On March 7, 2008, Tissainayagam was detained without charge by the Terrorist Investigation Division (TID) of the Sri Lankan police. At the time he was the editor of an online newspaper, OutReach.sl.com. He was held for more than five months until being charged with publishing and distributing a magazine containing material alleged to have brought the government into disrepute.
Earlier this year, United States President Barack Obama named Tissainayagam as an "emblematic example" of the "distressing reality" of courageous journalists who face intimidation, censorship and arbitrary arrest for their professional work.
"The IFJ is anxious over the welfare of Tissainayagam in prison," White said. "Sri Lankan authorities must ensure he is housed in a safe environment and has access to medical assistance for his deteriorating health."
The Colombo High Court found Tissainayagam guilty of inciting ethnic and racial disharmony, of printing and publishing such material, and of collecting money for the North Eastern Monthly from NGOs.
However, defence lawyers said there was no evidence of attempts by him to stir up religious, racial or regional conflict. He was being accused only because he is a Tamil, they said, and because of his criticism of government and state security forces. The charges against Tissainayagam and two colleagues, Jesiharan and Valarmathi, were laid under the PTA, a draconian and "temporary law" that has remained on Sri Lanka's statute books since it was introduced in 1979.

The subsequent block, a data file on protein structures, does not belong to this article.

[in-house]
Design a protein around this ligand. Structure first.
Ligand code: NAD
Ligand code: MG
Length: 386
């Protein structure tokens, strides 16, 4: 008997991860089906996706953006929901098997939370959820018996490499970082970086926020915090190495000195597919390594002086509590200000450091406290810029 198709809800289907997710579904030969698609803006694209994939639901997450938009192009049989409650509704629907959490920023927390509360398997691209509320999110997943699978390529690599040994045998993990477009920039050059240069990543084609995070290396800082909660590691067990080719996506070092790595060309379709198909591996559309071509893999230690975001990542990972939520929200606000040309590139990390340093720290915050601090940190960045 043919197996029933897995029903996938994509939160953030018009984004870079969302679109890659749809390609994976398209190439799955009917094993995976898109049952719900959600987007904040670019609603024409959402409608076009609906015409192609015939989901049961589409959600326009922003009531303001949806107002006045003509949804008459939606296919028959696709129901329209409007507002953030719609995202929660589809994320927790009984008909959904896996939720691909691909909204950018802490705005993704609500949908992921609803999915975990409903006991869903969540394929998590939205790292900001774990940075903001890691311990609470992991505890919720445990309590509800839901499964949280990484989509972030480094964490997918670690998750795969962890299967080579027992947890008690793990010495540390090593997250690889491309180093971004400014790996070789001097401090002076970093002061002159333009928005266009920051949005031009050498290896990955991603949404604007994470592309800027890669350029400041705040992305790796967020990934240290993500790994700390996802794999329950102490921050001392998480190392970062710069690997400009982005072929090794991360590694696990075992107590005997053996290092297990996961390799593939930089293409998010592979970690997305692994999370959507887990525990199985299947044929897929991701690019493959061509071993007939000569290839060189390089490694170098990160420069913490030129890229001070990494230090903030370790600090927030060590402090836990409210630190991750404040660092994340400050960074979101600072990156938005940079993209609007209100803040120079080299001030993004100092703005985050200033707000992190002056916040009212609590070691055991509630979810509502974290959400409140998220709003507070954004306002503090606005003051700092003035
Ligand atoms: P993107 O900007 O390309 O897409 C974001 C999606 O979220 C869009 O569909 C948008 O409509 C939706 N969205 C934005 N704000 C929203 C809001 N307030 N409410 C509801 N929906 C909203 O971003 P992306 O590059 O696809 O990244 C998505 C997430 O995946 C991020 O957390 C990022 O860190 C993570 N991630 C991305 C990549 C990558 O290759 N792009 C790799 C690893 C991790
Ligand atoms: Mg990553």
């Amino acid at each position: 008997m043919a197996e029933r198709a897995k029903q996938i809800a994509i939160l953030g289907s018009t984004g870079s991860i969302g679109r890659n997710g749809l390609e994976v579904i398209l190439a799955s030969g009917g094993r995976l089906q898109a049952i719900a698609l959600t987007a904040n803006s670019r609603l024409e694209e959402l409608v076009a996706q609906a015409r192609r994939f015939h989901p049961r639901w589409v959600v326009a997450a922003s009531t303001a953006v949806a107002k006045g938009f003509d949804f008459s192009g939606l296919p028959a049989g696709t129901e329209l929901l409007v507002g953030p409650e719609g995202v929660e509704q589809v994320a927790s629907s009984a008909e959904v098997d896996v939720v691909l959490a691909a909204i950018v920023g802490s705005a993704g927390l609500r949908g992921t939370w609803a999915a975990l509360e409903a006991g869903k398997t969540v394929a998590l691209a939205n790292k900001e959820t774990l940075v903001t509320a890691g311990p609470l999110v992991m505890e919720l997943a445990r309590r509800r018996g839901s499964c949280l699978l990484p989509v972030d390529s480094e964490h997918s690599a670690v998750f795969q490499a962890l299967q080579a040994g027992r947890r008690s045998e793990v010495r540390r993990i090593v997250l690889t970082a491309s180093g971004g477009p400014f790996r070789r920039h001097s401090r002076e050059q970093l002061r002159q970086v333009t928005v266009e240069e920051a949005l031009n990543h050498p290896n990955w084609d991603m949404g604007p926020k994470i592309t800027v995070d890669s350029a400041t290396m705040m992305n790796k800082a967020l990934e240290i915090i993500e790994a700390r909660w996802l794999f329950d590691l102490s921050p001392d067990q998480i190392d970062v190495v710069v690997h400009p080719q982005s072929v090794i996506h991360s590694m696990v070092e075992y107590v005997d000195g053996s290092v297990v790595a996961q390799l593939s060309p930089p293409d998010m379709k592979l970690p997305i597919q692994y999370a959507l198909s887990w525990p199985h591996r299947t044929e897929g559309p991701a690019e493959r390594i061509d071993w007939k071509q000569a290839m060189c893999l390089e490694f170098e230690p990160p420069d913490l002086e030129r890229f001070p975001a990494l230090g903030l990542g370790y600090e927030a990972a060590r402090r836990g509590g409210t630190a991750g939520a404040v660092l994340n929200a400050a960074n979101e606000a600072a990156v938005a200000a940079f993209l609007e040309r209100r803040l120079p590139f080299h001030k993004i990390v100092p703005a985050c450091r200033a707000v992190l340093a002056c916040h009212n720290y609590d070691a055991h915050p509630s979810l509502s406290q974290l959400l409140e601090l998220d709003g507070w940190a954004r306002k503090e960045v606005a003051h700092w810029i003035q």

Since Tissainayagam's arrest, the IFJ has been concerned about his treatment in detention, including how he was tortured to make a confession. He was held without explanation for more than 150 days, during which time he was reportedly tortured and denied medical treatment. Court hearings were postponed arbitrarily and a human rights case lodged by his lawyers was not properly investigated.
The IFJ says the prosecution and conviction is symbolic of crumbling press freedom in Sri Lanka, where at least eight journalists have been killed since 2007. Others have been beaten, harassed, detained and threatened with death. Many journalists have been forced to leave the country for their safety.
"We will not give up our campaign for Tissainayagam," said White. "He should be released and this terrible injustice undone immediately."
© International Federation of Journalists
Mumbai Union of Journalists seeks release of Sri Lankan journalist - Times of India
Two articles and a confession: 20 yrs RI - The Sunday Leader